Malacanang push Rule of Law in West Philippine Sea (South China Sea)


The Philippine Permanent Mission to the United Nations in New York reported to the Department of Foreign Affairs (DFA) that the Philippines pressed for adherence to the rule of law in the West Philippine Sea (South China Sea) and rejected efforts to broaden disputes in areas in the region during the 21st Meeting of States Parties to the 1982 UN Convention on the Law of the Sea (SPLOS 21) held from June 13 to 17 at the UN.
The Philippines stressed, “The rule of law is the bedrock of peace, order and fairness in modern societies. The rise of a rules-based international system has been the great equalizer in global affairs. Respect and adherence to international law have preserved peace and resolved conflicts. International law has given equal voice to nations regardless of political, economic or military stature, banishing the unlawful use of sheer force.”
In a statement delivered by Commission on Maritime and Ocean Affairs Secretariat (CMOAS) Secretary General Henry Bensurto, he noted that “recent developments in the Recto bank have tended to broaden the concept of disputed areas in the West Philippine Sea to include even those waters and continental shelves that are clearly within the sovereignty and/or jurisdiction of the Philippines.”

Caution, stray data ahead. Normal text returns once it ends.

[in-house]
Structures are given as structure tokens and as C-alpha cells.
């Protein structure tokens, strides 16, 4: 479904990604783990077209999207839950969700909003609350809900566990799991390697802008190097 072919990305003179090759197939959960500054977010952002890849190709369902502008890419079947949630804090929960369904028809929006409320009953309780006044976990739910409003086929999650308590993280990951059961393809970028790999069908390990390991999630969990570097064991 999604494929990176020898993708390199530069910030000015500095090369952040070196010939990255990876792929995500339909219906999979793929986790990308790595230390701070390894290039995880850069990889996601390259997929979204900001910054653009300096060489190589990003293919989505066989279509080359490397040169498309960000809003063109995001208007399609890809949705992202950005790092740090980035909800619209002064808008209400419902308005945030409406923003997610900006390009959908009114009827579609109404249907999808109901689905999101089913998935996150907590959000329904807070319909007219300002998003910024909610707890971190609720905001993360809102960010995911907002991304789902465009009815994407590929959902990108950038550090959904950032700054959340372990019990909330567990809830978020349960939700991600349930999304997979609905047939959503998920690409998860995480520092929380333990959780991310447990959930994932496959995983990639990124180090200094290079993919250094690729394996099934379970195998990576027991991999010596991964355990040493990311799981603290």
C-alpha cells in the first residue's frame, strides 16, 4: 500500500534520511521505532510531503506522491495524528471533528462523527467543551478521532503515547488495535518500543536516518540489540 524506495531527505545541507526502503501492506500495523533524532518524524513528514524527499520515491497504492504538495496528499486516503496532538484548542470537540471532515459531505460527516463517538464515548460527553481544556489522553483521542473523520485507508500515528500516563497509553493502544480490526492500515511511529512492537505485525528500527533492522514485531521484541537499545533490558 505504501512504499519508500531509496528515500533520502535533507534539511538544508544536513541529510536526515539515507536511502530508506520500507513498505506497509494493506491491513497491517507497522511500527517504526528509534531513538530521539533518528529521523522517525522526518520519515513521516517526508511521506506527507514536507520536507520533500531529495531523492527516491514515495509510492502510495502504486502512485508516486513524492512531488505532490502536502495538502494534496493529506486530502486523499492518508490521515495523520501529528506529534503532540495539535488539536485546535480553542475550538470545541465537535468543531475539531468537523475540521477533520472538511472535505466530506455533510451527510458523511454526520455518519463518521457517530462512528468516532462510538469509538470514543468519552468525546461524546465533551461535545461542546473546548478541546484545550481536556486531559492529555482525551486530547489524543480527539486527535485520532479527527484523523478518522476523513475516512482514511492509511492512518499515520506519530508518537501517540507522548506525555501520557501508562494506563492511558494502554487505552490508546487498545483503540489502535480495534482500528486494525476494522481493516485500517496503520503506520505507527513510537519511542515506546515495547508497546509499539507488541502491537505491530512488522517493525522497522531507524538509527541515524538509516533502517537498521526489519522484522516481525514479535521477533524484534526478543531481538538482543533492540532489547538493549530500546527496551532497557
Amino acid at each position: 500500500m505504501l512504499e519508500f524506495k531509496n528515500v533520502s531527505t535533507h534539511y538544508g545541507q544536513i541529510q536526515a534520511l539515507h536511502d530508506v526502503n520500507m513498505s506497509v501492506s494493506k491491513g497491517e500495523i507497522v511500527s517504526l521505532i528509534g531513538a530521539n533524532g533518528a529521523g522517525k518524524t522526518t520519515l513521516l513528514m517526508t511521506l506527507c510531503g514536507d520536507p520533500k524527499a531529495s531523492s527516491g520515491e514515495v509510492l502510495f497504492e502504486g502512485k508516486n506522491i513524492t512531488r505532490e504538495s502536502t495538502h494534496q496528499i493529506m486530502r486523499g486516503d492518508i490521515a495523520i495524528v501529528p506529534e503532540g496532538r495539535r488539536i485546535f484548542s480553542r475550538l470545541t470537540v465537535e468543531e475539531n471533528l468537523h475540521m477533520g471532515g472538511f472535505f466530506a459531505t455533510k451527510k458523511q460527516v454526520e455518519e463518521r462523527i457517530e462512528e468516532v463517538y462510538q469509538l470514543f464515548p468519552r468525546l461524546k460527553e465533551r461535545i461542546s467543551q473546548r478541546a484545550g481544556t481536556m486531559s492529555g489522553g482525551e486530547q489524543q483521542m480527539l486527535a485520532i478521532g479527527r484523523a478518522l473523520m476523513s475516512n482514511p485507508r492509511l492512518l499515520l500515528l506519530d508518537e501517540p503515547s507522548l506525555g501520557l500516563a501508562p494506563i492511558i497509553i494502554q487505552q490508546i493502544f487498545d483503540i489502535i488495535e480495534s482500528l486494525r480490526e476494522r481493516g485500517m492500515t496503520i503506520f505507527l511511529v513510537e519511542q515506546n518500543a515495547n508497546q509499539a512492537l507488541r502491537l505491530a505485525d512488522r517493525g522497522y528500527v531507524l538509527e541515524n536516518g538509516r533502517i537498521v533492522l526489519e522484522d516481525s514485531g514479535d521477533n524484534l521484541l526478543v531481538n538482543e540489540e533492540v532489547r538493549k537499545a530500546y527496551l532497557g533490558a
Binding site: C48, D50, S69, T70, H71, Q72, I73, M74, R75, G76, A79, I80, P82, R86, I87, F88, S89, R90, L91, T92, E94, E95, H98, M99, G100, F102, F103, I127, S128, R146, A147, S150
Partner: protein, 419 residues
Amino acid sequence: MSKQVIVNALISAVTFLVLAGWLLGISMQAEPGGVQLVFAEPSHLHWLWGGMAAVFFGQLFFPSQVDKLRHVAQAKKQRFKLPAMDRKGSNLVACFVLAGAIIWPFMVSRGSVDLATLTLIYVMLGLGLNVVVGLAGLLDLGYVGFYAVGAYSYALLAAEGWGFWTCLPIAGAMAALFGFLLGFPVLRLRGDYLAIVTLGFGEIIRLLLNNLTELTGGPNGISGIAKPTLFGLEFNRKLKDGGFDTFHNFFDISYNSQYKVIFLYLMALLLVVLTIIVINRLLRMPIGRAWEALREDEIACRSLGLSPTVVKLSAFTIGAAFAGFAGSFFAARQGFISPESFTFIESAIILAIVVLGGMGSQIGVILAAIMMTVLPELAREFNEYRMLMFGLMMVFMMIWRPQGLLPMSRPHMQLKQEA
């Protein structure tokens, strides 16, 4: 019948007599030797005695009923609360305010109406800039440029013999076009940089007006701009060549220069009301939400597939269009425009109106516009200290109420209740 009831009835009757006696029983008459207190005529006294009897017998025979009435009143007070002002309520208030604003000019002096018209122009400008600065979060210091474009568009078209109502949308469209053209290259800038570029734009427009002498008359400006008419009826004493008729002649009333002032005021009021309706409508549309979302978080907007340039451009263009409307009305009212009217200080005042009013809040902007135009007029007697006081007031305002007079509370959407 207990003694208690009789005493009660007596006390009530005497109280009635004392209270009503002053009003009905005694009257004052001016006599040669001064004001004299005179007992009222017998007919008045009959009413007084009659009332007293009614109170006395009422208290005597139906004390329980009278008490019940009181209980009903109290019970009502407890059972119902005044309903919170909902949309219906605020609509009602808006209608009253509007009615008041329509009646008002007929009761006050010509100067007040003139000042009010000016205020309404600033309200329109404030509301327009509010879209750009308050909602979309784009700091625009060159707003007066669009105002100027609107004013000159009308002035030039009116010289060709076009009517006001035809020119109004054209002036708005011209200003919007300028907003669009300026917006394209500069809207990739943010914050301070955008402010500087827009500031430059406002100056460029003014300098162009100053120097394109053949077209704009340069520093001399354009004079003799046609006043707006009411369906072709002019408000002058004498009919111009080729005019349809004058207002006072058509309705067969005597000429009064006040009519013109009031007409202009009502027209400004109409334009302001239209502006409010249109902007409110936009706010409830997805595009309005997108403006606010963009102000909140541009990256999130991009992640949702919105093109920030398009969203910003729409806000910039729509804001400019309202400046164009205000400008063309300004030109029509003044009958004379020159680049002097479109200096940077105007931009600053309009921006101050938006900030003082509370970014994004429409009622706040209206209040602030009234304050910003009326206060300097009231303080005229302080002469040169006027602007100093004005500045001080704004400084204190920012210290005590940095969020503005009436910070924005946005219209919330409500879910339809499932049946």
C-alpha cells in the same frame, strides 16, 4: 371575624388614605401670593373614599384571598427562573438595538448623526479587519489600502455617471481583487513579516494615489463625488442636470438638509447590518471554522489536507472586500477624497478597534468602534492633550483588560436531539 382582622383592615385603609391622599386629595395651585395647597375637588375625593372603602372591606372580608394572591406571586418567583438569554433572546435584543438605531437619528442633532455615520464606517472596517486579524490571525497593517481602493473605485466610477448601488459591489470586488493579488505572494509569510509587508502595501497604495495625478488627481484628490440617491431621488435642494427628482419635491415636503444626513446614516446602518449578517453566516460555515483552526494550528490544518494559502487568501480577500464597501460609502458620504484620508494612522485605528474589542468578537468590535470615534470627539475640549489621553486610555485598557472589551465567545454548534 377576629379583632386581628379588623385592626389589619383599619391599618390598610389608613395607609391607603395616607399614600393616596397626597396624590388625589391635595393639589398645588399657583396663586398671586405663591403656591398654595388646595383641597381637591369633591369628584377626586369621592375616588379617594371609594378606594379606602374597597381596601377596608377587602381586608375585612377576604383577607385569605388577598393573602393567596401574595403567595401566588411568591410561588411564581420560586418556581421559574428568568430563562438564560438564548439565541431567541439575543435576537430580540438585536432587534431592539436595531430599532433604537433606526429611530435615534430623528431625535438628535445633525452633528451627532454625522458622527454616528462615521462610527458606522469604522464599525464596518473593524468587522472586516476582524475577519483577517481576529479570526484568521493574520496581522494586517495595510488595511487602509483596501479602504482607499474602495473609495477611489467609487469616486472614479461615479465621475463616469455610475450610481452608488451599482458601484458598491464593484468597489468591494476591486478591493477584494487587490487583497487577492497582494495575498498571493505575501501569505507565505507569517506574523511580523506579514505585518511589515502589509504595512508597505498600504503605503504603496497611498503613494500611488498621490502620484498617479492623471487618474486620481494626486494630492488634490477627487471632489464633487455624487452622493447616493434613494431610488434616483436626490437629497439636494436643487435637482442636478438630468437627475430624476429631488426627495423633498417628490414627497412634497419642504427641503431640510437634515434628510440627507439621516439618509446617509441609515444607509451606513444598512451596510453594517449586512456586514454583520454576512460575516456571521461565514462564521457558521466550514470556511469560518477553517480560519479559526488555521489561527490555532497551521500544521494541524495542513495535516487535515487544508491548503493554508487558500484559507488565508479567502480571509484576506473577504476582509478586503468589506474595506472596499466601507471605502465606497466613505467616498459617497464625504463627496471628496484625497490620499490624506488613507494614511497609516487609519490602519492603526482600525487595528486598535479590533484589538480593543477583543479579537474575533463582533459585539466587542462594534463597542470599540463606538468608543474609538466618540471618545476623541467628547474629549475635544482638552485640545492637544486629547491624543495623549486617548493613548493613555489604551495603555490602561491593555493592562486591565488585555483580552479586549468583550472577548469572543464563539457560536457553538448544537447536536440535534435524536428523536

“The Philippines firmly rejects any efforts in this regard. Such actions are inconsistent with UN Convention on the Law of the Sea,” Secretary General Bensurto stressed during his statement.
Underlining the Philippines’ commitment to international law and the rule of law, specifically UNCLOS, which is considered the world’s constitution on oceans, he said that “We expect nothing less from our international partners.”
Underscoring the primacy of international law, particularly the UNCLOS, CMOAS Secretary General Bensurto stated, “In situations where disputes on maritime claims exist, UNCLOS provides clues as well as answers by which such maritime disputes could be addressed.”
The CMOAS Secretary General also urged all parties to the ASEAN-China Declaration of Conduct in the South China Sea to faithfully abide by the Declaration provisions, including paragraph 5, which mandates parties to “exercise self-restraint in the conduct of activities that would complicate or escalate disputes and affect peace and stability.”
“The Declaration of Conduct expresses in a concrete way our collective goal for rules-based action by all concerned parties,” he added.
During the meeting, the need for maintaining peace and security in the West Philippine Sea and the primacy of the UNCLOS was also echoed by Viet Nam, Indonesia, Malaysia, Thailand, Laos, and Singapore in their respective national statements.
These nations also called for the peaceful resolution of disputes as enshrined in the UNCLOS